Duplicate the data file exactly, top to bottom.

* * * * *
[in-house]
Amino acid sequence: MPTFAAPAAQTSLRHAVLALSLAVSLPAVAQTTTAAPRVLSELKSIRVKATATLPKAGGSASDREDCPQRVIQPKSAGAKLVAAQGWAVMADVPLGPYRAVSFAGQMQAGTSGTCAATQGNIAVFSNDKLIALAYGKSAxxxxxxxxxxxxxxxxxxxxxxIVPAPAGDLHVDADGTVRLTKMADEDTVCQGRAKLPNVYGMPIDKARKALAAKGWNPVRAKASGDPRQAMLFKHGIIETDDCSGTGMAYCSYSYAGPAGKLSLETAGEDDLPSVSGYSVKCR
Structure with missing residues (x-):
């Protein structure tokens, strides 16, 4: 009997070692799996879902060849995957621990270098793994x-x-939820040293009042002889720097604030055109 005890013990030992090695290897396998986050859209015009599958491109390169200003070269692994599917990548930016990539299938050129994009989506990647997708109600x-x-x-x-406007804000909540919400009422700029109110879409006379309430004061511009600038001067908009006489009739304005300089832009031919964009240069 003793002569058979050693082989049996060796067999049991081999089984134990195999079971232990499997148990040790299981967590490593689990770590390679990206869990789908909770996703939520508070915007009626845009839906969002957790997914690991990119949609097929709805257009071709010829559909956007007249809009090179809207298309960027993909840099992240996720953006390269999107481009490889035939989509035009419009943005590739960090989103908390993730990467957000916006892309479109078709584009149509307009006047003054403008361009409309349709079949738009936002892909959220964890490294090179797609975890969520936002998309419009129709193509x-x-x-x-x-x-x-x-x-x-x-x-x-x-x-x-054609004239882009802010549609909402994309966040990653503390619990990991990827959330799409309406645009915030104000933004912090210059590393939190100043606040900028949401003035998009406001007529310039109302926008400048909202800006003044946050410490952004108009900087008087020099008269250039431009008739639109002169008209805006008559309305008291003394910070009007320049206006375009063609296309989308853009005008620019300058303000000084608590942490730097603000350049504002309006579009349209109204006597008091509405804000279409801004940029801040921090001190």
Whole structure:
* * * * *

[in-house]
Amino acid sequence: MPTFAAPAAQTSLRHAVLALSLAVSLPAVAQTTTAAPRVLSELKSIRVKATATLPKAGGSASDREDCPQRVIQPKSAGAKLVAAQGWAVMADVPLGPYRAVSFAGQMQAGTSGTCAATQGNIAVFSNDKLIALAYGKSAxxxxxxxxxxxxxxxxxxxxxxIVPAPAGDLHVDADGTVRLTKMADEDTVCQGRAKLPNVYGMPIDKARKALAAKGWNPVRAKASGDPRQAMLFKHGIIETDDCSGTGMAYCSYSYAGPAGKLSLETAGEDDLPSVSGYSVKCR
Structure with missing residues (x-):
């Protein structure tokens, strides 16, 4: 009997070692799996879902060849995957621990270098793994x-x-939820040293009042002889720097604030055109 005890013990030992090695290897396998986050859209015009599958491109390169200003070269692994599917990548930016990539299938050129994009989506990647997708109600x-x-x-x-406007804000909540919400009422700029109110879409006379309430004061511009600038001067908009006489009739304005300089832009031919964009240069 003793002569058979050693082989049996060796067999049991081999089984134990195999079971232990499997148990040790299981967590490593689990770590390679990206869990789908909770996703939520508070915007009626845009839906969002957790997914690991990119949609097929709805257009071709010829559909956007007249809009090179809207298309960027993909840099992240996720953006390269999107481009490889035939989509035009419009943005590739960090989103908390993730990467957000916006892309479109078709584009149509307009006047003054403008361009409309349709079949738009936002892909959220964890490294090179797609975890969520936002998309419009129709193509x-x-x-x-x-x-x-x-x-x-x-x-x-x-x-x-054609004239882009802010549609909402994309966040990653503390619990990991990827959330799409309406645009915030104000933004912090210059590393939190100043606040900028949401003035998009406001007529310039109302926008400048909202800006003044946050410490952004108009900087008087020099008269250039431009008739639109002169008209805006008559309305008291003394910070009007320049206006375009063609296309989308853009005008620019300058303000000084608590942490730097603000350049504002309006579009349209109204006597008091509405804000279409801004940029801040921090001190």
Whole structure: